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Sugar fermentation in probiotic bacteria: an in vitro study
Umeå University, Faculty of Medicine, Department of Odontology, Oral Microbiology.
Umeå University, Faculty of Medicine, Department of Odontology, Pediatric Dentistry.
Umeå University, Faculty of Medicine, Department of Odontology, Pediatric Dentistry.
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2008 (English)In: Oral Microbiology and Immunology, ISSN 0902-0055, E-ISSN 1399-302X, Vol. 23, no 6, 482-485 p.Article in journal (Refereed) Published
Abstract [en]

INTRODUCTION: Food supplemented with probiotic bacteria is a rapidly growing sector of the market. The aim of the present study was to evaluate and compare the acid production of selected probiotic strains available in commercial products.

METHODS: Six Lactobacillus strains (Lactobacillus plantarum 299v and 931; Lactobacillus rhamnosus GG and LB21; Lactobacillus paracasei subsp. paracasei F19, and Lactobacillus reuteri PTA 5289) were cultivated at 37 degrees C in an anaerobic atmosphere on Man, Rogosa, Shape (MRS) agar for 48 h or MRS broth for 16 h. After centrifugation, the cells were washed and resuspended in sterile phosphate-buffered saline and immediately subjected to a fermentation assay with 12 different carbohydrates (nine sugars and three sugar alcohols) in microtiter plates with a pH indicator. The plates were examined for color changes after 24, 48, and 72 h of incubation under aerobic and anaerobic conditions. Three scores were used: negative (pH > 6.8); weak (pH 5.2-6.8), and positive (pH < 5.2). The strains were characterized with the API 50 CH system to confirm their identity.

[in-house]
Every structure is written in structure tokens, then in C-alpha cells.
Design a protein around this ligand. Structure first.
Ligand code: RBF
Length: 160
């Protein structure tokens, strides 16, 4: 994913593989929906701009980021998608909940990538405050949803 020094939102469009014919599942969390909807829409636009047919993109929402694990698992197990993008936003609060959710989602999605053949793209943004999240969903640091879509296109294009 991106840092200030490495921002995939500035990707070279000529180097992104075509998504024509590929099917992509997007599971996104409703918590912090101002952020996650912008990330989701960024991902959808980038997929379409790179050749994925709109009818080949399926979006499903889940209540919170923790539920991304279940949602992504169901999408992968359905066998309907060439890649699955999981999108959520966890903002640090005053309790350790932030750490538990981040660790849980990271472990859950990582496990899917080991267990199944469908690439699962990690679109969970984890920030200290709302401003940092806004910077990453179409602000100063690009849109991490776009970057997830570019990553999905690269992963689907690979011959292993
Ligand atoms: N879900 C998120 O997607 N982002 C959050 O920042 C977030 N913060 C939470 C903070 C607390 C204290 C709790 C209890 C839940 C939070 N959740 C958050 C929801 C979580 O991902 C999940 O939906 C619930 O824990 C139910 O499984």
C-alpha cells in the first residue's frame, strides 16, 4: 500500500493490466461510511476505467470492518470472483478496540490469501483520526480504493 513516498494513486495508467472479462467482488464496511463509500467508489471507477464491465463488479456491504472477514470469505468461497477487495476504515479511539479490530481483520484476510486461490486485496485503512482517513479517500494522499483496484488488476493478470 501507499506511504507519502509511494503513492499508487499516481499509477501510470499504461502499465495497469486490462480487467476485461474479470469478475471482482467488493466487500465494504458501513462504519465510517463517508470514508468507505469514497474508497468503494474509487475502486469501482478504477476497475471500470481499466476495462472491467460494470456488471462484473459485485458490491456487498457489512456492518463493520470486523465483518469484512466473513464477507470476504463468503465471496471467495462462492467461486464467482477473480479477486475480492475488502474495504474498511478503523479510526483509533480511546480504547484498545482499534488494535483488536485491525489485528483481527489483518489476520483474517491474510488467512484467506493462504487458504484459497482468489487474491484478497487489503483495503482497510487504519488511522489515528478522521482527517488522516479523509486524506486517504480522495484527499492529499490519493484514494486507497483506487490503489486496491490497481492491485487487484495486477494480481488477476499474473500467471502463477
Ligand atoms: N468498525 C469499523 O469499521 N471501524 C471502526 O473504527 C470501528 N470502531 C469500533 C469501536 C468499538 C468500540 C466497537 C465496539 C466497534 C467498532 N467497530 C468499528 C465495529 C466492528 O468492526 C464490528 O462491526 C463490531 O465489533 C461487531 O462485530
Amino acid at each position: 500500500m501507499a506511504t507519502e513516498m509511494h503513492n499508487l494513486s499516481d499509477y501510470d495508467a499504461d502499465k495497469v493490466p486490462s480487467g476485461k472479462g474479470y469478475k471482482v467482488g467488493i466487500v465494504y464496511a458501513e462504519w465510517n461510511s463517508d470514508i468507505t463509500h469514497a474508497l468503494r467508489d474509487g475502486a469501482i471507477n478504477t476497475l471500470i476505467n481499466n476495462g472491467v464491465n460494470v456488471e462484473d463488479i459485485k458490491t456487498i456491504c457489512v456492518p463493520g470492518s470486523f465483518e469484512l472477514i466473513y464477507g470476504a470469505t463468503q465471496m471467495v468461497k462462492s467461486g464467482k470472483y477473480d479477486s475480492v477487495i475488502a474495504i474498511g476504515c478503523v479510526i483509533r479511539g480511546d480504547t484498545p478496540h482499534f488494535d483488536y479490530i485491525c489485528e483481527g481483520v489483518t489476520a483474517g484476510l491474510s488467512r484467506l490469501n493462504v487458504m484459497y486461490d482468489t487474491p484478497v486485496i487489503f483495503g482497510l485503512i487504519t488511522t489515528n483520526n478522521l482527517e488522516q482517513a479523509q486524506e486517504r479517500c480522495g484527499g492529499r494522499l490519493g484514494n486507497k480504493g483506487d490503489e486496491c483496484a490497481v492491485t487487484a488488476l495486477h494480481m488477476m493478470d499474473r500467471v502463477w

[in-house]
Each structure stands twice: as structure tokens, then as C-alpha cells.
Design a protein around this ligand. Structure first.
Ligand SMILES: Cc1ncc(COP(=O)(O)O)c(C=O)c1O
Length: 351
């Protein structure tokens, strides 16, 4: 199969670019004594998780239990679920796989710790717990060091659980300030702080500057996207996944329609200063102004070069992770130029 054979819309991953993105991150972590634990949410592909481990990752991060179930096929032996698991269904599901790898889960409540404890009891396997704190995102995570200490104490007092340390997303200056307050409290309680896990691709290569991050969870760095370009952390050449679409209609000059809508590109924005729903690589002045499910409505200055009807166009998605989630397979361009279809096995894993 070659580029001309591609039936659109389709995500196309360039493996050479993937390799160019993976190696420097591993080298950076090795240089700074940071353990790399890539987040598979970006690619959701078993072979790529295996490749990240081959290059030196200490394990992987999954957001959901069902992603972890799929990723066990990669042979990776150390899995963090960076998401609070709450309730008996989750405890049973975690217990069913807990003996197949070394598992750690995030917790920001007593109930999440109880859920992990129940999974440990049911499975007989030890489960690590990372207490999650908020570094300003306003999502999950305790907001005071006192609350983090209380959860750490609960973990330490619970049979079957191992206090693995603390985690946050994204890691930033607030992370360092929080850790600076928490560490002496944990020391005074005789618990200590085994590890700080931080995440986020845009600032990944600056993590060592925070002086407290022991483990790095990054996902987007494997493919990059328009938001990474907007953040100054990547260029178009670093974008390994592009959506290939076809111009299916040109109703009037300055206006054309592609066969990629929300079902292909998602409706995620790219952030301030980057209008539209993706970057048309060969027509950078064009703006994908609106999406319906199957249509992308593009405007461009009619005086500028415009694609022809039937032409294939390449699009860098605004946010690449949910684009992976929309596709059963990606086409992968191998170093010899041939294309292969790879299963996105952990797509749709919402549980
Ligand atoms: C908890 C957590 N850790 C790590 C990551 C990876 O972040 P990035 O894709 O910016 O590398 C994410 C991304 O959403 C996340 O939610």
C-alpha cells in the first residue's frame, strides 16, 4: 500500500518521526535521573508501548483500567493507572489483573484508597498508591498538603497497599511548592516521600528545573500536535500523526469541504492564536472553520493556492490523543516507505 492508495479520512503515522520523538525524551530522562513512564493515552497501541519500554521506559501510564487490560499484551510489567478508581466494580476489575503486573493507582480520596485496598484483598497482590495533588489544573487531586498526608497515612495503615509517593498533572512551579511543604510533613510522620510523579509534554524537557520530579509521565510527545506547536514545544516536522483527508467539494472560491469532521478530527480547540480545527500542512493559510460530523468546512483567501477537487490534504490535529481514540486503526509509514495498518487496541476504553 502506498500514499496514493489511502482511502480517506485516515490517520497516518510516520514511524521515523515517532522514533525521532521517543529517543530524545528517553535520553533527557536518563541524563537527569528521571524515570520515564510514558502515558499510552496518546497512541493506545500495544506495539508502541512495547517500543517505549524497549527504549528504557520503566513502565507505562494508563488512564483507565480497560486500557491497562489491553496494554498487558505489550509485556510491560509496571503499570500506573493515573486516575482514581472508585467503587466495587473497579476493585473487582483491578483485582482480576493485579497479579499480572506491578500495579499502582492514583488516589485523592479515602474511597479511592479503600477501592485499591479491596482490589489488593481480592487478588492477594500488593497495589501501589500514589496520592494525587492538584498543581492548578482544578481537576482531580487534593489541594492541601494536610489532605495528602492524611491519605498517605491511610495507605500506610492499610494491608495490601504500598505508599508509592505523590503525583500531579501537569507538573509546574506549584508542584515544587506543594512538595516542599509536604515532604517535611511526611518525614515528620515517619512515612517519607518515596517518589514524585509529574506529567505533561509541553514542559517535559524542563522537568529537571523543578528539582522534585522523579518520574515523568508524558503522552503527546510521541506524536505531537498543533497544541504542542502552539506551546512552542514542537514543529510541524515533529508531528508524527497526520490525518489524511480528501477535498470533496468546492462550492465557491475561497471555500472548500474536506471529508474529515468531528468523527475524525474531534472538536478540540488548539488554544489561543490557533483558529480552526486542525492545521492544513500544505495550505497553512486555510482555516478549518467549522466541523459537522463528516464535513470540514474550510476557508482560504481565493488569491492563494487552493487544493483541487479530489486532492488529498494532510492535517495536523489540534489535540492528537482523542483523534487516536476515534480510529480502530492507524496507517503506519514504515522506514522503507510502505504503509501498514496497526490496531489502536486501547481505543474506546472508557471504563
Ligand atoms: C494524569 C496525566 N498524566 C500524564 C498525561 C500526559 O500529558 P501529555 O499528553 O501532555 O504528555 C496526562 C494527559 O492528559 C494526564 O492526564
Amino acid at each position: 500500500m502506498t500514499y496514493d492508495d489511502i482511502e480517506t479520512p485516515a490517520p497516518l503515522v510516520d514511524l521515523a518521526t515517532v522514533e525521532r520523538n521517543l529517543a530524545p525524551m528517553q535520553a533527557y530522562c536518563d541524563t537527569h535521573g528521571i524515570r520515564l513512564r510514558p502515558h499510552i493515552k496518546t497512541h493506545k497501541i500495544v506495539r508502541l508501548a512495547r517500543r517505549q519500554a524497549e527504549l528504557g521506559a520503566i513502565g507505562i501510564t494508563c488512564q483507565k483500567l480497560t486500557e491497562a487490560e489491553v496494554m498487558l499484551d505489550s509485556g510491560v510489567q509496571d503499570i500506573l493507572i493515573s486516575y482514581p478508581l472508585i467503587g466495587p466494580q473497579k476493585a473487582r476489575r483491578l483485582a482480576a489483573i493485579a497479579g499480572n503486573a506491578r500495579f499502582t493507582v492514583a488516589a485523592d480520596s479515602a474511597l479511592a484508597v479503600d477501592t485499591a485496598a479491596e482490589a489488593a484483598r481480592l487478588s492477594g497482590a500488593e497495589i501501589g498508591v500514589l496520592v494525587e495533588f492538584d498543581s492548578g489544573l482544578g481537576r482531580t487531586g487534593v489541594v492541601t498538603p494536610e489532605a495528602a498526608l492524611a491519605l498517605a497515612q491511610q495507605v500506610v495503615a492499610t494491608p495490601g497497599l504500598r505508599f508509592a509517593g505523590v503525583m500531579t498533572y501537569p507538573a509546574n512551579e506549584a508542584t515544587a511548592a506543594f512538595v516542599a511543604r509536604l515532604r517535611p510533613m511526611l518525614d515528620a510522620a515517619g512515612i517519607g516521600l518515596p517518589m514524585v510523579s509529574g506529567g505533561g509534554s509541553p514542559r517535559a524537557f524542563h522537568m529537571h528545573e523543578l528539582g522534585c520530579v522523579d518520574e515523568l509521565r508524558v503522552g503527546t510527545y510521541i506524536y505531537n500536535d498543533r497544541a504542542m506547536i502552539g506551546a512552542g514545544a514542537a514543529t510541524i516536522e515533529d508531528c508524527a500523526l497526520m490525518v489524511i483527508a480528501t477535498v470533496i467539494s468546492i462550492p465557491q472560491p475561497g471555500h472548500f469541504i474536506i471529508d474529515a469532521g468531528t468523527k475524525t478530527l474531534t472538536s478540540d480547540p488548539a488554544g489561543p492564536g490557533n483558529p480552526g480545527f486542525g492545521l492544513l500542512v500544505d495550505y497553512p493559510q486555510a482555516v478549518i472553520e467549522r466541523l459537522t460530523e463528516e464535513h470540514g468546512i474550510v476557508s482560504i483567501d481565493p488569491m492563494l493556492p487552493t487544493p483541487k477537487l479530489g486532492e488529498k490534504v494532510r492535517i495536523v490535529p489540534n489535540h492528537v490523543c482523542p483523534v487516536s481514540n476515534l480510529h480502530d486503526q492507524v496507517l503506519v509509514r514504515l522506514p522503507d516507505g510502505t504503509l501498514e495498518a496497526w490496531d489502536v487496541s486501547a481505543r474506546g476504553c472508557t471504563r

RESULTS: L. plantarum fermented all the sugars except for melibiose, raffinose, and xylitol. Both L. rhamnosus strains were generally less active although L. rhamnosus GG was slightly more active than strain LB21 in the 5% CO(2) setting. The latter strain exhibited negative reactions for sucrose, maltose, arabinose, and sorbitol under anaerobic conditions. The assays with L. paracasei and L. reuteri had negative or weak reactions for all tested sugars under both aerobic and anaerobic conditions.

CONCLUSION: The metabolic capacity to form acid from dietary sugars differed significantly between the various probiotic strains.